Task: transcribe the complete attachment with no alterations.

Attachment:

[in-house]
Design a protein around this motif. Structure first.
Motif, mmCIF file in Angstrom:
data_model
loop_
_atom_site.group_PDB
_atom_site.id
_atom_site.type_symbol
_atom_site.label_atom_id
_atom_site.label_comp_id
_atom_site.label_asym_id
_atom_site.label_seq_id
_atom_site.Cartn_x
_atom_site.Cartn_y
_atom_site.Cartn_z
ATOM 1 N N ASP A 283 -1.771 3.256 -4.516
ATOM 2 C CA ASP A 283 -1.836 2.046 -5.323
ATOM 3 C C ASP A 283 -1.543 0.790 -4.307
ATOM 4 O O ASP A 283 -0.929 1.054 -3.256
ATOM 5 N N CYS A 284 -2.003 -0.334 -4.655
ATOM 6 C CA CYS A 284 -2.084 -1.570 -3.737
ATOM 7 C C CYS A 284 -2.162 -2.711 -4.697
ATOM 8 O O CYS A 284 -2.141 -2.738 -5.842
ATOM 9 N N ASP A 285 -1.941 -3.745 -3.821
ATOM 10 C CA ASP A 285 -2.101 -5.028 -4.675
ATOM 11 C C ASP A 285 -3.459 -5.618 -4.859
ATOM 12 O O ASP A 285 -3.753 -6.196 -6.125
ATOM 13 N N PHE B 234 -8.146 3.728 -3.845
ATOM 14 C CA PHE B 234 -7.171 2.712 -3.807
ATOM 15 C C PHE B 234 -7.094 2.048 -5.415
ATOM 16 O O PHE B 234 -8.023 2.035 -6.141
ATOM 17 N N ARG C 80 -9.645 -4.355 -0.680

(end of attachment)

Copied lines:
[in-house]
Design a protein around this motif. Structure first.
Motif, mmCIF file in Angstrom:
data_model
loop_
_atom_site.group_PDB
_atom_site.id
_atom_site.type_symbol
_atom_site.label_atom_id
_atom_site.label_comp_id
_atom_site.label_asym_id
_atom_site.label_seq_id
_atom_site.Cartn_x
_atom_site.Cartn_y
_atom_site.Cartn_z
ATOM 1 N N ASP A 283 -1.771 3.256 -4.516
ATOM 2 C CA ASP A 283 -1.836 2.046 -5.323
ATOM 3 C C ASP A 283 -1.543 0.790 -4.307
ATOM 4 O O ASP A 283 -0.929 1.054 -3.256
ATOM 5 N N CYS A 284 -2.003 -0.334 -4.655
ATOM 6 C CA CYS A 284 -2.084 -1.570 -3.737
ATOM 7 C C CYS A 284 -2.162 -2.711 -4.697
ATOM 8 O O CYS A 284 -2.141 -2.738 -5.842
ATOM 9 N N ASP A 285 -1.941 -3.745 -3.821
ATOM 10 C CA ASP A 285 -2.101 -5.028 -4.675
ATOM 11 C C ASP A 285 -3.459 -5.618 -4.859
ATOM 12 O O ASP A 285 -3.753 -6.196 -6.125
ATOM 13 N N PHE B 234 -8.146 3.728 -3.845
ATOM 14 C CA PHE B 234 -7.171 2.712 -3.807
ATOM 15 C C PHE B 234 -7.094 2.048 -5.415
ATOM 16 O O PHE B 234 -8.023 2.035 -6.141
ATOM 17 N N ARG C 80 -9.645 -4.355 -0.680